revjim.net

October 10th, 2003:

truck still running rich

Last night, after work, I tested a few more parts on the Truck.

The TPS (Throttle Position Sensor) seems to be operating well. I couldn’t test it perfectly as I didn’t have any gauged feelers. But, it shows continuity when it should, and doesn’t when it shouldn’t.

I also tested the MAF (Mass Air Flow) Sensor. It also showed to be within specifications. There were no pictures to show me EXACTLY where to pull what, and I took the screws off the housing instead of just unsnapping the connector the first time. I was surprised when I pulled it out to see lots of large metal connectors that seems to just be crammed in there. I don’t know how these things work, but that is not what I expected to see. I did my best to gently cram them all back in and refit the screws. It drove afterward, so I don’t think I messed anything up. I hope not.

I tested the Oxygen Sensor as well. This one was a bit difficult to do as, apparently, my Volt Meter only samples once per second. However, the Oxygen Sensor is working properly when the voltage shifts from .25ish up to 0.75ish several times per second. I saw that it was fluctuating rapidly, but had no way of seeing if there were any irregularities in its pattern. I’d need an oscilloscope for that. However, when I open the throttle it would read very low and then go back to normal. When I quickly shut the throttle, it would read very high, and then back to normal. This is the way it’s supposed to work. The only thing I could do more is actually detach it from the ECU. By doing this it won’t be able to correct the fuel mixture and by shooting some propane into the intake, or by creating an intake leak I can force rich and lean conditions and make sure it responds appropriately. But that’s a lot of work to do when it seems to be working correctly.

I also, finally, managed to get the ECU to respond to my attempts to read it’s codes. It game me the "all systems normal" indication so there aren’t any codes to view.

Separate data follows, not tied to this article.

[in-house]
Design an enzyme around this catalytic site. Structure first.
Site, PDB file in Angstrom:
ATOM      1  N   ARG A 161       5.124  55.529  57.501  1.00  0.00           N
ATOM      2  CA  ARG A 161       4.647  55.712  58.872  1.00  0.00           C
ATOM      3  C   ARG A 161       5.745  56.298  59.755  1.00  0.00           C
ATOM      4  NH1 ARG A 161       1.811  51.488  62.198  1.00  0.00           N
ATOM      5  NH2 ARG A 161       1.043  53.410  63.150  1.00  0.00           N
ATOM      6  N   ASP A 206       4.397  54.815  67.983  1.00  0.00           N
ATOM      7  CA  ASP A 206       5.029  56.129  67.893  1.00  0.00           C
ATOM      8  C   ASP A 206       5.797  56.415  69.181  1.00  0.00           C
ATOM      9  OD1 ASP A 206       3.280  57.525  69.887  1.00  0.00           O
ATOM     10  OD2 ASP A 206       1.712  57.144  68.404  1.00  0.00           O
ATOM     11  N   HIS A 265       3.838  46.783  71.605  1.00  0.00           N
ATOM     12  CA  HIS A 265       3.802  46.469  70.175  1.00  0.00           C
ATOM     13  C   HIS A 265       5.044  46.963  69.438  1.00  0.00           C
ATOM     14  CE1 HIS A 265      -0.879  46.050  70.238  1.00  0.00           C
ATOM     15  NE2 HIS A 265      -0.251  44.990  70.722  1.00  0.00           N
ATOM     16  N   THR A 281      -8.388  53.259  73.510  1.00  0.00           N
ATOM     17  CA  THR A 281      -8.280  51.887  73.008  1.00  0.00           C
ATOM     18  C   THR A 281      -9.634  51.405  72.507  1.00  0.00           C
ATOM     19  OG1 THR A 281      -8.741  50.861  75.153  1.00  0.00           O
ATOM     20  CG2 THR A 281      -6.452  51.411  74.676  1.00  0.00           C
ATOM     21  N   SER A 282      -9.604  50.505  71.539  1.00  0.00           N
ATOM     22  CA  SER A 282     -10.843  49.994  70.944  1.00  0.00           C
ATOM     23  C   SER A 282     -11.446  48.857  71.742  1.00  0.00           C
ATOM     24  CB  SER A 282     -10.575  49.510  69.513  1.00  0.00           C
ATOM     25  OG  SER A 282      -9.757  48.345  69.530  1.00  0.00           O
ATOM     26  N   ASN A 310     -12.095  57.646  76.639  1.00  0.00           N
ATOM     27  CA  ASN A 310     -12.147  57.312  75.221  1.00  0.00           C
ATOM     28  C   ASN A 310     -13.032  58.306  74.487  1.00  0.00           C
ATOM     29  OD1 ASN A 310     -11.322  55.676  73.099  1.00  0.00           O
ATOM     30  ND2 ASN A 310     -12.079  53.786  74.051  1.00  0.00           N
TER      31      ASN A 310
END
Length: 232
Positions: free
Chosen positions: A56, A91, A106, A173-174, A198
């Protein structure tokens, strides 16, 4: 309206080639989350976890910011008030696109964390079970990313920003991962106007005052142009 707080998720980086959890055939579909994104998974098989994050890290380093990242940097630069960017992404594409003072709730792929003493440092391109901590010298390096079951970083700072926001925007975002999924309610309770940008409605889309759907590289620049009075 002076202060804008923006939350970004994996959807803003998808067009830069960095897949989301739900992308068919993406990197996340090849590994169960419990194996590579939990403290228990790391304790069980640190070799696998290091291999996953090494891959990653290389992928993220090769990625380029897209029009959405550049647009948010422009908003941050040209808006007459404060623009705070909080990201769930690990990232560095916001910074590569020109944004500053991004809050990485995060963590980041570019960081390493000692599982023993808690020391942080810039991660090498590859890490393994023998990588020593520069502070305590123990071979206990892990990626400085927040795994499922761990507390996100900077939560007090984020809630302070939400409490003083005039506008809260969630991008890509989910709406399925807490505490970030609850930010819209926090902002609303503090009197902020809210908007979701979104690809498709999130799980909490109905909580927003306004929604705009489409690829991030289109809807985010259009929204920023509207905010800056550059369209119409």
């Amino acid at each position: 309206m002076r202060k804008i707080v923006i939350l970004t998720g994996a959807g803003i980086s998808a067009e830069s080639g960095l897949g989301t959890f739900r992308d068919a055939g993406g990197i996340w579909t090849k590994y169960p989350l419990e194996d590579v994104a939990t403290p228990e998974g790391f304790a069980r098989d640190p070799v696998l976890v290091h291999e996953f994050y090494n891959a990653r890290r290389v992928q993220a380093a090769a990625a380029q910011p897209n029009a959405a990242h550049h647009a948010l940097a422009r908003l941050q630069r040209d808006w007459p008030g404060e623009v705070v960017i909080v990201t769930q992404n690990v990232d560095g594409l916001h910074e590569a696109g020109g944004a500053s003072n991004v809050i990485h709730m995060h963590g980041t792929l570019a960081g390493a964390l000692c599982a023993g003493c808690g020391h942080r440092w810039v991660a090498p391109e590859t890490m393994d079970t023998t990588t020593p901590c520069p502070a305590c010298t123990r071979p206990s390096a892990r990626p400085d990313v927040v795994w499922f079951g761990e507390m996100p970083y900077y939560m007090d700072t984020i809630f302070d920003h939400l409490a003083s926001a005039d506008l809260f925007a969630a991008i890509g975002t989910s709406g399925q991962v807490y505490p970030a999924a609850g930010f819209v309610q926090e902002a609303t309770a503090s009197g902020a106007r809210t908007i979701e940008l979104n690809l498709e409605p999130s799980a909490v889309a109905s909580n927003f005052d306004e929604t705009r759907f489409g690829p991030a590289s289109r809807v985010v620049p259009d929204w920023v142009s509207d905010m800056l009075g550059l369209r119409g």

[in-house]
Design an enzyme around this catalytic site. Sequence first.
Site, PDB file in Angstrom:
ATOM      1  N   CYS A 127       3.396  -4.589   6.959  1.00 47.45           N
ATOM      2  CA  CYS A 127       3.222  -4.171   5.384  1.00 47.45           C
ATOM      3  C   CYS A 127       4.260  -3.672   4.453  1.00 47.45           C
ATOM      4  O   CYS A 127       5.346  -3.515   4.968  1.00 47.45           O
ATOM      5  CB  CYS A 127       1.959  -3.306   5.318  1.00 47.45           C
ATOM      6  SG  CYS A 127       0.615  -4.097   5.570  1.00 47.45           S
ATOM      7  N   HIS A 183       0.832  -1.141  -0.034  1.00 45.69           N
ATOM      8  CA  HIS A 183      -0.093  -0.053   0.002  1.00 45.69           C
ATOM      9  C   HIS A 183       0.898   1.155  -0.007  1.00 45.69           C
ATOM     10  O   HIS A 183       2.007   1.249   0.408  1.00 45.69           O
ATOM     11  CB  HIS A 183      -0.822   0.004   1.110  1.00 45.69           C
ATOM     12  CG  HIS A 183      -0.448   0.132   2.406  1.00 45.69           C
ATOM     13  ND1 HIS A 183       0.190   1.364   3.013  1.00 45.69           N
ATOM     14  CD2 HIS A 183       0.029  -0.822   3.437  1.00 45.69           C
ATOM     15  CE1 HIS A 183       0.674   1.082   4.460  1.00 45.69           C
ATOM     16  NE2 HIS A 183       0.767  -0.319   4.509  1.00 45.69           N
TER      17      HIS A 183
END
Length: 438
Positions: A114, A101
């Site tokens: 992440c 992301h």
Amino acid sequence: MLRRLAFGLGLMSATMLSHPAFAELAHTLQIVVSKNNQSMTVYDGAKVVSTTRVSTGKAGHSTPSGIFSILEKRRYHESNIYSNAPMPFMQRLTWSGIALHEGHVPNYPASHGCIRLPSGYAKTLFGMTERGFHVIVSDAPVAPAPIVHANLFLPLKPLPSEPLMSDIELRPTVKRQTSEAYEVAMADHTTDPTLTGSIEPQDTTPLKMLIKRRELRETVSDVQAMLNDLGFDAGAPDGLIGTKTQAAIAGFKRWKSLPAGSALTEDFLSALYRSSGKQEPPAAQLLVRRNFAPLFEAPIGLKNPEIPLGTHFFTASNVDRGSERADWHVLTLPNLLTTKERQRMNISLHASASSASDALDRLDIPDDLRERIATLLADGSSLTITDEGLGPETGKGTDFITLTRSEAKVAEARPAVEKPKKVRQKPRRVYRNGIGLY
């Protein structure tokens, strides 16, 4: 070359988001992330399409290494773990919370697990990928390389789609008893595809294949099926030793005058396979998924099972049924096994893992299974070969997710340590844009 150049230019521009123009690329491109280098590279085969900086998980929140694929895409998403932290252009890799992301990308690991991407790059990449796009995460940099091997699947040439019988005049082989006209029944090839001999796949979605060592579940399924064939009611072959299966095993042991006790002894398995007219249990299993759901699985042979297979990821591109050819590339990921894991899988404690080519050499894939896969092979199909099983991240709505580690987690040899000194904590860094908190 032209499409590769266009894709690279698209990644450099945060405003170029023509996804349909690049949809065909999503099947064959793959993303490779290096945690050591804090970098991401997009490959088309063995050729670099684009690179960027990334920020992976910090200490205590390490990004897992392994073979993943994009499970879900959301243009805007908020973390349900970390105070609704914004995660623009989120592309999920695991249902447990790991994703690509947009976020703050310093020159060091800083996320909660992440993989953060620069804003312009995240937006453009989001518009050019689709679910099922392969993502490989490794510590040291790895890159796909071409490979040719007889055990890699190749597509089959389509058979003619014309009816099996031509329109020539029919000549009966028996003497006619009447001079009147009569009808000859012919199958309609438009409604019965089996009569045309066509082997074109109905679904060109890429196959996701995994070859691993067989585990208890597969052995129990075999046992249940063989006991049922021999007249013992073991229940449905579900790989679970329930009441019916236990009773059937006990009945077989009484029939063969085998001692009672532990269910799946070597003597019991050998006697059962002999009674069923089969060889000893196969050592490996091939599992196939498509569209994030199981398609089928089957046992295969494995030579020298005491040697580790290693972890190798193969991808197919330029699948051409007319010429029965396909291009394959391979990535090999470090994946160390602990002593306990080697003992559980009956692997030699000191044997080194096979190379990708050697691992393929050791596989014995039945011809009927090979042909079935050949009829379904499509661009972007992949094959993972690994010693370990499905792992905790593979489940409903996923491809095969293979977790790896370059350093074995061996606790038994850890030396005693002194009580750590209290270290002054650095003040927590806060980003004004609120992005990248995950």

I’m not sure what to do next and, to be honest, I’m a bit confused regarding the operation of the ECU. If the O2 sensor is the primary determiner for air/fuel mixture, then why do I even need a MAF sensor? Is this just for when the O2 sensor is broken or too cold to operate? It took a minute or so for my O2 sensor to warm up to operating temperatures. Before then, it showed almost a constant 0.02v. Perhaps the ECU is reading its output, even when it isn’t up to temperature? If this is the case, whenever the sensor cools down, the ECU would sense a rich condition. However, I notice the gas smell even when I know the sensor must be good and hot. So, this can’t really be it, I don’t think. So, if we assume that the ECU is reading the sensor right, and that the O2 sensor is functioning correctly… then how can the car possibly run rich? If the O2 sensor is the primary determiner for fuel mixture, I could have VERY leaky injectors and a HUGE intake leak and everything would still work itself out in the end, right? I mean, once the O2 sensor was hot enough to run, any mixture issues would be immediately corrected. At least, that’s my understanding.

The problems I’m having — rough idle, gas smell with windows open, hot exhaust according to Midas, lack of power, weird power surge around 2000 rpm… maybe — are strange. I notice the rough idle the most after the engine has warmed up enough to be out of the "cold idle" stage, but before it’s been really driven. Say 1-2 minutes after starting and driving the truck. The gas smell is most noticeable when I’m driving it hard, but can also be smelled after it’s been driven for a while and is now driving slowly. I don’t usually smell it much when idling. The lack of power seems to be constant, but that might simply be because the engine isn’t all that powerful. The odd power surge is something that isn’t reproducible and it just "happens" sometimes. And it isn’t really anything. I’ll be accelerating normally, and when I cross the 2000-2500rpm area, at some point in that range, the car will suddenly accelerate faster for a split second, and then it’s back to normal.

I don’t know what to do next. If you know people who know cars, please send them here to see if they can help out. It’s a ’91 Toyota 4Runner V6 (3VZ-E engine) with 76k on it. Thanks.